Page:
Brewers and consumers have acted angrily to the news that a government review of beer excise duties has been postponed until the autumn. The review was announced in the autumn 2021 budget with the aim of reducing the number of main duties from 15 to six.
Both CAMRA and SIBA, the Society of Independent Brewers, called for lower rates of duty for draught beer to enable pubs to claw back some of their lost sales to supermarkets.
Both organisations also called for a revision of the 5 per cent cut in duty announced in the budget that applied to beer sold in containers of 40 litres or more. It was pointed out to the Treasury that 34 per cent of licensees stock containers of fewer than 40 litres and one in 10 venues don’t have cellar space for large containers.
Following the budget announcement in parliament, the then chancellor Rishi Sunak and Prime Minister Boris Johnson were seen heaving beer containers at the Fourpure Brewery in Bermondsey. But the photo call fell flat when it was pointed out that the containers held by the politicians were 30 litre ones that would not qualify for the duty cut.
CAMRA and SIBA have been joined by UK Hospitality and the British Beer and Pub Association in urging the government to bring forward its review and to lower duty on draught beer.
CAMRA is also taking action on a review of the Pub Code and is asking tenants of pub company tied houses to share their views on how the code is working. The code aims to regulate the relationship between tenants and pubcos. It was brought in by the government when self regulation regimes put in place by pub owners were found to have fundamentally failed.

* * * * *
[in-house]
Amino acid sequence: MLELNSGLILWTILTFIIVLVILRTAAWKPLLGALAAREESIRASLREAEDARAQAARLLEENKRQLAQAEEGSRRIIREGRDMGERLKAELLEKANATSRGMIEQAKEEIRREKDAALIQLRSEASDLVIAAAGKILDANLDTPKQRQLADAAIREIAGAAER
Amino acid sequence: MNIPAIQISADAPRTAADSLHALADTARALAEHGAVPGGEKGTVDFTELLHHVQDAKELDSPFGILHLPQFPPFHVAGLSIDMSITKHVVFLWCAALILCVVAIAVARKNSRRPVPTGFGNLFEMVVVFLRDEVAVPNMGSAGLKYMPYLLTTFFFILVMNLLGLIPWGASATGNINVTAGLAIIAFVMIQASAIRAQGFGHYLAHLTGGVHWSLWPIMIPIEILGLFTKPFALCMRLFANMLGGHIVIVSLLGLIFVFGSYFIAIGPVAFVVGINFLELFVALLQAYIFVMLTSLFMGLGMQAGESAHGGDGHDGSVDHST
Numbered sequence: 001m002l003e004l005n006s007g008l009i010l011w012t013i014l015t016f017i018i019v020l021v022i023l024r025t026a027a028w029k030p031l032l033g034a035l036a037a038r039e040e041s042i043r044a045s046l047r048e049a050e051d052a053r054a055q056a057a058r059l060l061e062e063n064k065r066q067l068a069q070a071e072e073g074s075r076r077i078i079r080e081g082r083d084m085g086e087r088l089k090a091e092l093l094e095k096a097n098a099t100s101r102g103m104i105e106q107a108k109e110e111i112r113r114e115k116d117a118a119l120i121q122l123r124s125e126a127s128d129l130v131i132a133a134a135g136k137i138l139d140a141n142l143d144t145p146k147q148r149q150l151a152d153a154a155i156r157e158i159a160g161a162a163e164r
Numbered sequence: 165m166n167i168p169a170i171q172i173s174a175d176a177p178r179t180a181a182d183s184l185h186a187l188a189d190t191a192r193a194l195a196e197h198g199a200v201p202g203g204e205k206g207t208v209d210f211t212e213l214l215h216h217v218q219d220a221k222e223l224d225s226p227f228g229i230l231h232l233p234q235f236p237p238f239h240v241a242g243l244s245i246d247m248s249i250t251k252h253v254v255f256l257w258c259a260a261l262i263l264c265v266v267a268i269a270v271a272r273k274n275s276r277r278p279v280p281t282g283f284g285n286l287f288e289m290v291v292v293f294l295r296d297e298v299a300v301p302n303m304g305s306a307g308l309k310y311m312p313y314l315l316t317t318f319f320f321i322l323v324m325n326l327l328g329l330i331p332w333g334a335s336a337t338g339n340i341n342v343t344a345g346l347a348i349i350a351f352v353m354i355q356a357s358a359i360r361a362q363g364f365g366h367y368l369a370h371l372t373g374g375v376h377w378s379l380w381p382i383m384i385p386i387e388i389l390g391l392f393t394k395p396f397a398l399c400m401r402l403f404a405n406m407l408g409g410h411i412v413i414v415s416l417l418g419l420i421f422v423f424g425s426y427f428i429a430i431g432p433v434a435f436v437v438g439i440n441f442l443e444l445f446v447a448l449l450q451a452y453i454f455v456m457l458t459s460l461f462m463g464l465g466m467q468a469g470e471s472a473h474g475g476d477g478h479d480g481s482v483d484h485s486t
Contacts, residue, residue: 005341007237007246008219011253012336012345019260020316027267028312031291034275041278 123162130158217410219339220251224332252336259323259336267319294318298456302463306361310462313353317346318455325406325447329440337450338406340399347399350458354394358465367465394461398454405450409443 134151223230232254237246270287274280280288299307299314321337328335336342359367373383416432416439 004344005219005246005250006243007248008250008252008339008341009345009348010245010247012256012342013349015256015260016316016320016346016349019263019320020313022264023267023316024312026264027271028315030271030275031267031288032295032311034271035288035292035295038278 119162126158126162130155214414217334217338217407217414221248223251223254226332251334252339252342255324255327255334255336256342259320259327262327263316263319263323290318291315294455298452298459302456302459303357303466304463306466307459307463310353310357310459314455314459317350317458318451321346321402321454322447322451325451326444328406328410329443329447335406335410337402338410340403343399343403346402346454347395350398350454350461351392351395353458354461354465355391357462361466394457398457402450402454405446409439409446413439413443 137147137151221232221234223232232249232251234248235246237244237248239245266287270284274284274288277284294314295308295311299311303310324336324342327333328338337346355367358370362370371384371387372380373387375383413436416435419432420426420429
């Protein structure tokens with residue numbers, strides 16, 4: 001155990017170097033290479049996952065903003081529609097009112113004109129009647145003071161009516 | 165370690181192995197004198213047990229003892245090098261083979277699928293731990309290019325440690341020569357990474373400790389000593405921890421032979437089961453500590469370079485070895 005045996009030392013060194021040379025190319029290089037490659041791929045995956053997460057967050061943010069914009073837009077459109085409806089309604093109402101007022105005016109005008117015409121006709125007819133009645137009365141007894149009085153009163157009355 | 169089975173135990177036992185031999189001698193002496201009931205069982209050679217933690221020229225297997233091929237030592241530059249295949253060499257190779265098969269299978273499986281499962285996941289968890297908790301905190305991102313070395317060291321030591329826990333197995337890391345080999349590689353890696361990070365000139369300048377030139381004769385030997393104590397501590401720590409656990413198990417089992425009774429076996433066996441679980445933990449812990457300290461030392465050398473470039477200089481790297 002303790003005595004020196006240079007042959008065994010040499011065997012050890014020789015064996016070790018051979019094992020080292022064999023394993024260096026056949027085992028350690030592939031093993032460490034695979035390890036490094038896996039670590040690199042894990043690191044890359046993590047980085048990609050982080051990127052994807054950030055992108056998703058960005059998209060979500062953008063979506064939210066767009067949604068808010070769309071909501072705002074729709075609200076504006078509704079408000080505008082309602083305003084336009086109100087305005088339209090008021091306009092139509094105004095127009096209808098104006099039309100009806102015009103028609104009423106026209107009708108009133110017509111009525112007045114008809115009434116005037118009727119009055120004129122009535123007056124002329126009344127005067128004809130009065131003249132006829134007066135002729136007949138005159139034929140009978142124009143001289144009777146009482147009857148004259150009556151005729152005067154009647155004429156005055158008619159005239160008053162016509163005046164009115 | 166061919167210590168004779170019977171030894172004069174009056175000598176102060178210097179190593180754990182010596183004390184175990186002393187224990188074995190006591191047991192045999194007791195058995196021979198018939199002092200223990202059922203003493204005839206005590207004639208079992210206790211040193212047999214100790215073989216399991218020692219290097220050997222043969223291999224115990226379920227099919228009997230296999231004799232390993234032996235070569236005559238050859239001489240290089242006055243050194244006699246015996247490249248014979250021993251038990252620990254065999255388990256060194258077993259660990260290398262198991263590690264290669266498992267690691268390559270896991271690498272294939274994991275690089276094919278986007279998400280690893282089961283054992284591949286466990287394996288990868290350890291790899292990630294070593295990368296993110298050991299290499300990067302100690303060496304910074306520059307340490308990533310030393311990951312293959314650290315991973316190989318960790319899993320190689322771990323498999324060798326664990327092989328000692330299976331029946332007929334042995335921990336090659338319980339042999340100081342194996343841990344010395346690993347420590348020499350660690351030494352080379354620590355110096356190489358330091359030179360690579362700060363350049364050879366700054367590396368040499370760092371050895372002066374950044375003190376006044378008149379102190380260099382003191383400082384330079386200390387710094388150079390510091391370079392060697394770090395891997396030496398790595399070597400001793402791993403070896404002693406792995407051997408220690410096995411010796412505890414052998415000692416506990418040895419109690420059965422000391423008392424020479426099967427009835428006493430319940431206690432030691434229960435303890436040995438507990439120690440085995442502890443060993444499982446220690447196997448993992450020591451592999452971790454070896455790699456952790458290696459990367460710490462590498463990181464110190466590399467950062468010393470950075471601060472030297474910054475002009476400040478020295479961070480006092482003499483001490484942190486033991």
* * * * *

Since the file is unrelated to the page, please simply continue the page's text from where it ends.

The review of the Pub Code has been launched by the Department for Business, Energy and Industrial Strategy and will cover the period April 2019 to March 2012. CAMRA is calling on tenants to give feedback to the department on how they think the code is working using an online survey:
The survey follows a disturbing meeting of parliament’s Business, Energy and Industrial Strategy Committee, chaired by Darren Jones MP on 12 July. The meeting was attended by representatives of Star Pubs & Bars (Heineken UK), Stonegate, Punch Taverns and Marston’s to discuss how MRO was working. MRO stands for Market Rent Only, a system whereby tenants tied to pubcos can apply to go free of tie and choose their own beers in return for a review of their rents.
Star Pubs & Bars said that they own 2,400 pubs and just 54 of their tenants had chosen MRO.
Stonegate, Britain’s biggest pubco that took over the estate of Enterprise Inns or EI, said it has 4,500 pubs and just 17 have applied for MRO.
Punch has 1,200 pubs and 14 tenants have MRO. The representative said 18 per cent of its tenants had applied for MRO but only 3 per cent had chosen to proceed.
Marston’s has 2,700 pubs, 590 had applied for MRO and 142 had opted for MRO following discussions. Marston’s has a different business model to the other companies as it’s a brewer as well as a pub owner and is now part of Carlsberg Marston’s.
All the representatives said tenants who gone ahead with MRO had had an increase in their rents.
Darren Jones said there had been “a big drop off in the number of tenants applying and accepting MRO”, implying a lot of arm twisting had gone during discussions.